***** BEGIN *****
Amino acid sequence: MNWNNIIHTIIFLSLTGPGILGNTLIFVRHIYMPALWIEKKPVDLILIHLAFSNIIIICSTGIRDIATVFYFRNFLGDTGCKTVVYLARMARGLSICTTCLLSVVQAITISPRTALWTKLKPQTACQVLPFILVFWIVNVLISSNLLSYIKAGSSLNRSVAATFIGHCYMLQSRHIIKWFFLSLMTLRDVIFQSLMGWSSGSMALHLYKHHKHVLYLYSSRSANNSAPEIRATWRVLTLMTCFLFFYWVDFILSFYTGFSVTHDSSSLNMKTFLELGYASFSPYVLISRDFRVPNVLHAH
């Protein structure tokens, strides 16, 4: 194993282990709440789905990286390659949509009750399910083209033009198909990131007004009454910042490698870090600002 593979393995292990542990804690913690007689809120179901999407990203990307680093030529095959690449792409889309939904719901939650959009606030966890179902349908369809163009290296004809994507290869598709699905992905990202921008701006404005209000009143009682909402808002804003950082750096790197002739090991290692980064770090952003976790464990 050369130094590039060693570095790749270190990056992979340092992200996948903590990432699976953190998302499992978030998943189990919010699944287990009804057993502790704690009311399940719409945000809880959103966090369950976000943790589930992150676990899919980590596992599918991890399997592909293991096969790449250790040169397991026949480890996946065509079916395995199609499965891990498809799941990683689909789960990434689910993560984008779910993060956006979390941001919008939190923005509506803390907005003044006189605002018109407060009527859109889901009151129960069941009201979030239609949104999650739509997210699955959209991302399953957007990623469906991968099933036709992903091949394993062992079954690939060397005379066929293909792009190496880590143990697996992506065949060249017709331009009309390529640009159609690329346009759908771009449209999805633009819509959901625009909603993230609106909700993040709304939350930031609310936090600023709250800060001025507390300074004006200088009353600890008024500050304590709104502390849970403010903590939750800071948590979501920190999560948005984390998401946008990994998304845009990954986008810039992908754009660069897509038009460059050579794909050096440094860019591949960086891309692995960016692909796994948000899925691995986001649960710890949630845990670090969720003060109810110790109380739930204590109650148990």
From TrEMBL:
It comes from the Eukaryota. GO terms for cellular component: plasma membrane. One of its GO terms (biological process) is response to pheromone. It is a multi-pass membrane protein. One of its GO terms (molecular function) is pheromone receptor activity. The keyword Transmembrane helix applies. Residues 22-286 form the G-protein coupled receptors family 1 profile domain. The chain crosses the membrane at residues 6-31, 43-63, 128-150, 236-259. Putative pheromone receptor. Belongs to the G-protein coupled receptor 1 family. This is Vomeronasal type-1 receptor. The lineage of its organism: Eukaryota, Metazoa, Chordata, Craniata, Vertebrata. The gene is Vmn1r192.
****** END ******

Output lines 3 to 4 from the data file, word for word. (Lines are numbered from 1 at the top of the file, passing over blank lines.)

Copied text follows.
From TrEMBL:
It comes from the Eukaryota. GO terms for cellular component: plasma membrane. One of its GO terms (biological process) is response to pheromone. It is a multi-pass membrane protein. One of its GO terms (molecular function) is pheromone receptor activity. The keyword Transmembrane helix applies. Residues 22-286 form the G-protein coupled receptors family 1 profile domain. The chain crosses the membrane at residues 6-31, 43-63, 128-150, 236-259. Putative pheromone receptor. Belongs to the G-protein coupled receptor 1 family. This is Vomeronasal type-1 receptor. The lineage of its organism: Eukaryota, Metazoa, Chordata, Craniata, Vertebrata. The gene is Vmn1r192.